The Long Road Toward Ending Don't Ask, Don't TellS

"For me, Don't Ask, Don't Tell isn't just an equality issue. It is also a national-security issue." In the aftermath of this weekend's National Equality March, the media examines the role of Don't Ask Don't Tell as a policy.

Meghan McCain reserves the strongest words for Obama, arguing:

This is the point we should be emphasizing for those who refuse to see Don't Ask Don't Tell opposition as a human-rights campaign. We need to bring the issue back to the security of our country both overseas and at home. Every soldier in our armed forces is serving his or her country in the most admirable way an American can, and we should be able to respect them, by not asking them to hide their sexual orientation.

But the second part of her argument is a bit questionable (emphasis added):

Now, I cannot speak for my brothers, but I know many men and women who serve in the military. Let's give them more credit. Just as there are no atheists in foxholes, I suspect it could be said that there is no homophobia in foxholes either. I find it hard to imagine that when a soldier is in a Humvee fighting terrorist insurgents, that the thing on his mind is who his fellow soldier chooses to sleep with when he's off duty.

I get her point, but again...aren't religious assumptions partly responsible for this mess?

Still McCain's article is part of the clearer headed contingent. With the growing strain on the ground and the repeated calls to add thousands more troops to the effort overseas, it seems absolutely foolish to persecute enlisted soliders based on their sexuality. Yet, that is exactly the practice being defended. According to CBS News:

Ending "Don't ask, don't tell" is opposed in Congress, with several members (including Republican Senator Lindsay Graham) saying the military needs to be consulted before ending the policy.

The military has been consulted - they said they need more troops. What's the issue here?

Unfortunately, the issue is either the biased policy or entrenched members of the service working to uphold this bias:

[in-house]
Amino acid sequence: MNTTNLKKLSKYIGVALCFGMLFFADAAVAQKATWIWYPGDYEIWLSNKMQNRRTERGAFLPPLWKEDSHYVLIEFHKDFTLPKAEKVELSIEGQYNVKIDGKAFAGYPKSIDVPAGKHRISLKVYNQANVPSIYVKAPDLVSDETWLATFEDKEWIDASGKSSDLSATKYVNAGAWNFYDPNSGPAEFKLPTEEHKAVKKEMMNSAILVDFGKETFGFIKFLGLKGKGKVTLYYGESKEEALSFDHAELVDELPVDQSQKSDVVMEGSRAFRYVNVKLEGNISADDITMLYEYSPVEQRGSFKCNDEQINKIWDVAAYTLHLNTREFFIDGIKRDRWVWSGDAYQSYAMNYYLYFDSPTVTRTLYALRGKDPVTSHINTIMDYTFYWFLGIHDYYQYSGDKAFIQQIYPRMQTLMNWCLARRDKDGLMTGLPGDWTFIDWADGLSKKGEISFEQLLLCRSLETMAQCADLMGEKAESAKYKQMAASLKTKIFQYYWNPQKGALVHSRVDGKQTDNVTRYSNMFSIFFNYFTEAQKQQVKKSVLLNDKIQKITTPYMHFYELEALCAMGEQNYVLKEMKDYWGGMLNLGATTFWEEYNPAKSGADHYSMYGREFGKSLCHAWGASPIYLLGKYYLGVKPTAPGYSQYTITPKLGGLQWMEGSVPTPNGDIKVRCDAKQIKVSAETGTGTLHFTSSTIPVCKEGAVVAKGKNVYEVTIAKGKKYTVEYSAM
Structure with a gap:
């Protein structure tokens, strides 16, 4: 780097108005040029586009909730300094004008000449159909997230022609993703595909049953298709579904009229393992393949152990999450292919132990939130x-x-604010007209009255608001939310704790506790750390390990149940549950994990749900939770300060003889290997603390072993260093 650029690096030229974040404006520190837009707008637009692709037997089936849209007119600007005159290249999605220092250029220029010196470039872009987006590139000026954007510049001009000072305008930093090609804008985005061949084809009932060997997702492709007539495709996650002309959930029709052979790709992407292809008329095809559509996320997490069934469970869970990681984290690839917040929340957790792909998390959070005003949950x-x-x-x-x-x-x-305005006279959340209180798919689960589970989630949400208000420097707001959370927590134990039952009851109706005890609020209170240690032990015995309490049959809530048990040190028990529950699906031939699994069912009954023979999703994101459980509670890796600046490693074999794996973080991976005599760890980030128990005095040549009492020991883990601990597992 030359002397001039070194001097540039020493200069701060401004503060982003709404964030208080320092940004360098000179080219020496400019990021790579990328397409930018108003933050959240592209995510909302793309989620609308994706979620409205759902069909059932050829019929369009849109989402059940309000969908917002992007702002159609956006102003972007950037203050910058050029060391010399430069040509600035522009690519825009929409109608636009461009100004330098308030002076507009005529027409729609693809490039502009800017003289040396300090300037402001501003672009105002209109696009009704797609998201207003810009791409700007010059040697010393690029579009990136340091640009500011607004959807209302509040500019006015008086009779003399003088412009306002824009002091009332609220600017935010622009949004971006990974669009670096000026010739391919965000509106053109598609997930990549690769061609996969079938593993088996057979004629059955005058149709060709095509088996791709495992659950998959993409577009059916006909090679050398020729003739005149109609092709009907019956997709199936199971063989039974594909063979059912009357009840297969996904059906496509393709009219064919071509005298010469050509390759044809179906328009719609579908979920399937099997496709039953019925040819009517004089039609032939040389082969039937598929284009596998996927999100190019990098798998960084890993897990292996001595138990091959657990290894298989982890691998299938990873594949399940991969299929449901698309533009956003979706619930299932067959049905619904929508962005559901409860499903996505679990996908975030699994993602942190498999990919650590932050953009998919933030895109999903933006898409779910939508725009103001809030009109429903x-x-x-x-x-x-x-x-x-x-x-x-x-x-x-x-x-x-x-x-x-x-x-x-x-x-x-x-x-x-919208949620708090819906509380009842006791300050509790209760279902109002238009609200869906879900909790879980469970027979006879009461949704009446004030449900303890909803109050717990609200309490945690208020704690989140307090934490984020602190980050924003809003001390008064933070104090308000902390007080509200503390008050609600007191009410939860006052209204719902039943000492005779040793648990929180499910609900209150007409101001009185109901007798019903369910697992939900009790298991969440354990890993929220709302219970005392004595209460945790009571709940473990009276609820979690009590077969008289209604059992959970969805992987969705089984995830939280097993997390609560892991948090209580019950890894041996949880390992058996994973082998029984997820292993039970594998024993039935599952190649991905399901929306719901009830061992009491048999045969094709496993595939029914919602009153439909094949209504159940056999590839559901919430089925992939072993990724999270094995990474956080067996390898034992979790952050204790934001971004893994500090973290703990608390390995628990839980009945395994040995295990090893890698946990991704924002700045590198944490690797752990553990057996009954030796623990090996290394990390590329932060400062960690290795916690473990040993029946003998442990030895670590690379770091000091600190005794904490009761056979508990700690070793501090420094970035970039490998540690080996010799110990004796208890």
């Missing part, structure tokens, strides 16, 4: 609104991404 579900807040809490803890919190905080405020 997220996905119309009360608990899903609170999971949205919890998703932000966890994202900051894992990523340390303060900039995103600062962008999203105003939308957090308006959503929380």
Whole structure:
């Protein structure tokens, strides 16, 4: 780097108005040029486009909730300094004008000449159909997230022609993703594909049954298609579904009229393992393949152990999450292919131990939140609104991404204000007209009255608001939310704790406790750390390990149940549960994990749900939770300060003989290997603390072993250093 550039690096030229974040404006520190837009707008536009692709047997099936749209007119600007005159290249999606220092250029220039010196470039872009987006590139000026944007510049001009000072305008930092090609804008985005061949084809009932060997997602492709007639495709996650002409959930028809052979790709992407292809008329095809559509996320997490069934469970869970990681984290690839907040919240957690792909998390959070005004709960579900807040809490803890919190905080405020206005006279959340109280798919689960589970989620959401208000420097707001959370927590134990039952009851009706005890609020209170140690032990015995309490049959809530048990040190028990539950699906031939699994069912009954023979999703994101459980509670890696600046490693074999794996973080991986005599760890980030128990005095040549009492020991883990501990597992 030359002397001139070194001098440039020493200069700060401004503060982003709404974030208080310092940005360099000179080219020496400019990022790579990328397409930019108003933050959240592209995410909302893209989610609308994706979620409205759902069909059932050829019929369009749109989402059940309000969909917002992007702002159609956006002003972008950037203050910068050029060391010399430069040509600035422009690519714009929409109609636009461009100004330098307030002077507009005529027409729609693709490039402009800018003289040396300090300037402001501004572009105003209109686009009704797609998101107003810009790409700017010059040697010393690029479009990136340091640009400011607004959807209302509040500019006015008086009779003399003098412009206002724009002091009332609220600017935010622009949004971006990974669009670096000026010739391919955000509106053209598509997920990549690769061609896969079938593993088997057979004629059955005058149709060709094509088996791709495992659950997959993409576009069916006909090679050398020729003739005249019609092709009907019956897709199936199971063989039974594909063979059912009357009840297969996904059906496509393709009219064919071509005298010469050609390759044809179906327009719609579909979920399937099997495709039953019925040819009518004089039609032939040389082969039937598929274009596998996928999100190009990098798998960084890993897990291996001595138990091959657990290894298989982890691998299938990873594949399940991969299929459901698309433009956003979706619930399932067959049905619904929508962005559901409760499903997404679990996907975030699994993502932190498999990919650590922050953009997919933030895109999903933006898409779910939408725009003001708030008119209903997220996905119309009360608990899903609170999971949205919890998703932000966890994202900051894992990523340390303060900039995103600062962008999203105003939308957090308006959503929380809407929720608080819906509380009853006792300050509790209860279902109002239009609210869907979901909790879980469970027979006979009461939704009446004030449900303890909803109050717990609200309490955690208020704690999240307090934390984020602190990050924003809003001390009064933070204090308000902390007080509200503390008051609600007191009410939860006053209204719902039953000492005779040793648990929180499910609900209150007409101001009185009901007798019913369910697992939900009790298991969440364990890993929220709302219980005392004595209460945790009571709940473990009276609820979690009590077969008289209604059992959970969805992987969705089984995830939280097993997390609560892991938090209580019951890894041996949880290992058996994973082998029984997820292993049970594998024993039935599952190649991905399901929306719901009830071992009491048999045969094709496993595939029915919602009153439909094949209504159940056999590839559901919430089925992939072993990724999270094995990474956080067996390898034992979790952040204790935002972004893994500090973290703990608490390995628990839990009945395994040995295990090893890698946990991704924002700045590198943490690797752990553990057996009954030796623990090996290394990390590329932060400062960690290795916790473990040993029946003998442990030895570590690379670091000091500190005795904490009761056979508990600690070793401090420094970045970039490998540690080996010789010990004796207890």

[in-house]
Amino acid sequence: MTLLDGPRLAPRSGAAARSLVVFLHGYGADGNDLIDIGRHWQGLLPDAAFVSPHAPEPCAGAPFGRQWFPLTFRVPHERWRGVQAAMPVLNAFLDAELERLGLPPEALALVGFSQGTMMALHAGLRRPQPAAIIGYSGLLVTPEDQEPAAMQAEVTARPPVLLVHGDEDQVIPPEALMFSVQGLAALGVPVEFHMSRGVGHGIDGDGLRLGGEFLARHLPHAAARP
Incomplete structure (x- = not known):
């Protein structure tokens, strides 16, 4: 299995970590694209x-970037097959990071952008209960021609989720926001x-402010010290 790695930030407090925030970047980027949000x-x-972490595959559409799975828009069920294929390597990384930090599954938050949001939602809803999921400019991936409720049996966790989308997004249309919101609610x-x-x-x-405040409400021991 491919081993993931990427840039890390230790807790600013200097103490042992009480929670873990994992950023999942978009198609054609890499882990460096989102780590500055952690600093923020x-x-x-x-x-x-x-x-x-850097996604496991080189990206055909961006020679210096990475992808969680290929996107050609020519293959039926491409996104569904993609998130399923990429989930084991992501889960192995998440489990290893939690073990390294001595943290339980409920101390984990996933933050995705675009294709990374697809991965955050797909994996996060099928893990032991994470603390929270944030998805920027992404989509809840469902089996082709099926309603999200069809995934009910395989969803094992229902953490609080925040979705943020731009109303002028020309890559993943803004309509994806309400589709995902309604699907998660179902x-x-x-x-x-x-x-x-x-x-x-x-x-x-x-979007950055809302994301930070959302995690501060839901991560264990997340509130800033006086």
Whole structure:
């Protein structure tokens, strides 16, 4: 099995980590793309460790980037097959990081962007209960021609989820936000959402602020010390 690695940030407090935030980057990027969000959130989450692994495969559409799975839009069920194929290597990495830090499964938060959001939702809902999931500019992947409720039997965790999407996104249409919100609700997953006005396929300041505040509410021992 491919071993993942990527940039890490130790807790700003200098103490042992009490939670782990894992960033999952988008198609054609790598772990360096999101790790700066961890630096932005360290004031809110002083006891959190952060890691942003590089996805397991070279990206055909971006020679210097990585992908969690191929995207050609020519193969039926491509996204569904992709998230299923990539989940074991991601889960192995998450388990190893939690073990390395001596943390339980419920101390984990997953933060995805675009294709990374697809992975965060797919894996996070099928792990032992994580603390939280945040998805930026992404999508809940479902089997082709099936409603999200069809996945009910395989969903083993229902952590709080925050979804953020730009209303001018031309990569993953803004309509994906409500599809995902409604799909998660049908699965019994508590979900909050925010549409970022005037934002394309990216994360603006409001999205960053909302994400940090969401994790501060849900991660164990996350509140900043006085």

Ainsley Kling, 26, just completed 7 1/2 years with the Coast Guard; after her commitment was up, she left voluntarily with the rank of petty officer, second class. She wished Obama had gone further and ordered a halt to all ongoing investigations under "don't ask, don't tell."

Kling, who is lesbian, said harassment based on sexual orientation persists, recalling a Coast Guardsman who wrote "fag" on someone else's bicycle, though neither party was believed to be homosexual.

When she wanted to write up the violation, her supervisor urged her not to do so, saying that he "knew things about me he shouldn't know." She did not file the report.

Lt. Dan Choi (pictured above in a tee-shirt that says "Don't Hide") is rapidly becoming the face of the military's GLBTQ members.

A West Point graduate and Iraq war veteran, Choi is facing discharge under the military's "don't ask, don't tell" policy for revealing in March that he is gay.

He appeared later at a rally in his Army uniform, a piece of black tape over his mouth.

"Many of us have been discharged from the service because we told the truth," he said.

In addition to the warring over Don't Ask, Don't Tell, gay rights activists also pushed hard for a repeal to the Defense of Marriage Act.

The president extended some benefits to the spouses of gay federal employees in June while voicing support for a House bill that grants them other rights. The State Department now allows married gay and lesbian couples to obtain passports with their married names. And the Census Bureau has agreed to release data on same-sex marriages.

But Obama is also clearly mindful of the politics of the combustible issue. Opposition remains strong in much of the country to extending rights to gays, especially where marriage is concerned.

House Democrats introduced a bill last month that would repeal the marriage act, but polls consistently show that opponents of legalizing same-sex marriage outnumber supporters. Twenty-nine states have banned same-sex marriage.

With a full plate of contentious domestic issues to solve, activists are beginning to wonder if Obama will actually make time for these issues, or allow his commitment to equal rights to waver in the face of pressure. However, Obama continues to say he fully supports civil rights:

He expressed strong support for the HRC agenda of ending discrimination against gays, lesbians, bisexuals and transgender people but stopped short of laying out a detailed plan for how to get there.

"My expectation is that when you look back on these years you will look back and see a time when we put a stop against discrimination ... whether in the office or the battlefield," Obama said.

Don't Ask, Don't Tell Makes America Unsafe [The Daily Beast]
Report: U.S. general calls for more troops in Afghanistan [CNN]
Obama renews pledge to gays to end 'don't ask, don't tell'[LA Times]
Gay rights marchers in DC: 'We won't back down' [Associated Press]
As Pressure Grows, Obama Addresses Gay Rights Group [Washington Post]
Obama again pledges to change policy on gays [AP]